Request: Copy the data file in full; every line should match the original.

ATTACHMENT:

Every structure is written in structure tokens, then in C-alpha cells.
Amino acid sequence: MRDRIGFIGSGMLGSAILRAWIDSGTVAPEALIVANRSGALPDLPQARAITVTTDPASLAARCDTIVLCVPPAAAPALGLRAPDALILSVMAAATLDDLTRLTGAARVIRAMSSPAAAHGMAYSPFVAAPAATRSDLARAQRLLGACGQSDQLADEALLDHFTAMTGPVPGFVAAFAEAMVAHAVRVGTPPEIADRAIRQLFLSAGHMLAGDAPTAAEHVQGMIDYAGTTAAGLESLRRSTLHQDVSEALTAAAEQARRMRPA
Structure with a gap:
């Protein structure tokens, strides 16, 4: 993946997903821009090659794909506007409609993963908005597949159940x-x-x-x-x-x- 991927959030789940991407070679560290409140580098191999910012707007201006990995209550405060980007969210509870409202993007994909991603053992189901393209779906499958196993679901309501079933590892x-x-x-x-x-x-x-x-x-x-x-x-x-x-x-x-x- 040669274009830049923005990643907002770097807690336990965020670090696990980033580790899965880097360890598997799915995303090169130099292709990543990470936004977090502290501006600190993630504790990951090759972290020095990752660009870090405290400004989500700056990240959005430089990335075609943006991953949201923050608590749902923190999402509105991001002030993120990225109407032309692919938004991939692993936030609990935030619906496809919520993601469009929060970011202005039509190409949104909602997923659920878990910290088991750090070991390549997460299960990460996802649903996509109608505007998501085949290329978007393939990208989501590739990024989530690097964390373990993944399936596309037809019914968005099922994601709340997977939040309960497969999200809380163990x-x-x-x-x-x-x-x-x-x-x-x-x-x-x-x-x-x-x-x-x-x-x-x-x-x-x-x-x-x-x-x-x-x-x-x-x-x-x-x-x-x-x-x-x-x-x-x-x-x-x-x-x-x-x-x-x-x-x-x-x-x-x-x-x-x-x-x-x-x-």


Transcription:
Every structure is written in structure tokens, then in C-alpha cells.
Amino acid sequence: MRDRIGFIGSGMLGSAILRAWIDSGTVAPEALIVANRSGALPDLPQARAITVTTDPASLAARCDTIVLCVPPAAAPALGLRAPDALILSVMAAATLDDLTRLTGAARVIRAMSSPAAAHGMAYSPFVAAPAATRSDLARAQRLLGACGQSDQLADEALLDHFTAMTGPVPGFVAAFAEAMVAHAVRVGTPPEIADRAIRQLFLSAGHMLAGDAPTAAEHVQGMIDYAGTTAAGLESLRRSTLHQDVSEALTAAAEQARRMRPA
Structure with a gap:
């Protein structure tokens, strides 16, 4: 993946997903821009090659794909506007409609993963908005597949159940x-x-x-x-x-x- 991927959030789940991407070679560290409140580098191999910012707007201006990995209550405060980007969210509870409202993007994909991603053992189901393209779906499958196993679901309501079933590892x-x-x-x-x-x-x-x-x-x-x-x-x-x-x-x-x- 040669274009830049923005990643907002770097807690336990965020670090696990980033580790899965880097360890598997799915995303090169130099292709990543990470936004977090502290501006600190993630504790990951090759972290020095990752660009870090405290400004989500700056990240959005430089990335075609943006991953949201923050608590749902923190999402509105991001002030993120990225109407032309692919938004991939692993936030609990935030619906496809919520993601469009929060970011202005039509190409949104909602997923659920878990910290088991750090070991390549997460299960990460996802649903996509109608505007998501085949290329978007393939990208989501590739990024989530690097964390373990993944399936596309037809019914968005099922994601709340997977939040309960497969999200809380163990x-x-x-x-x-x-x-x-x-x-x-x-x-x-x-x-x-x-x-x-x-x-x-x-x-x-x-x-x-x-x-x-x-x-x-x-x-x-x-x-x-x-x-x-x-x-x-x-x-x-x-x-x-x-x-x-x-x-x-x-x-x-x-x-x-x-x-x-x-x-």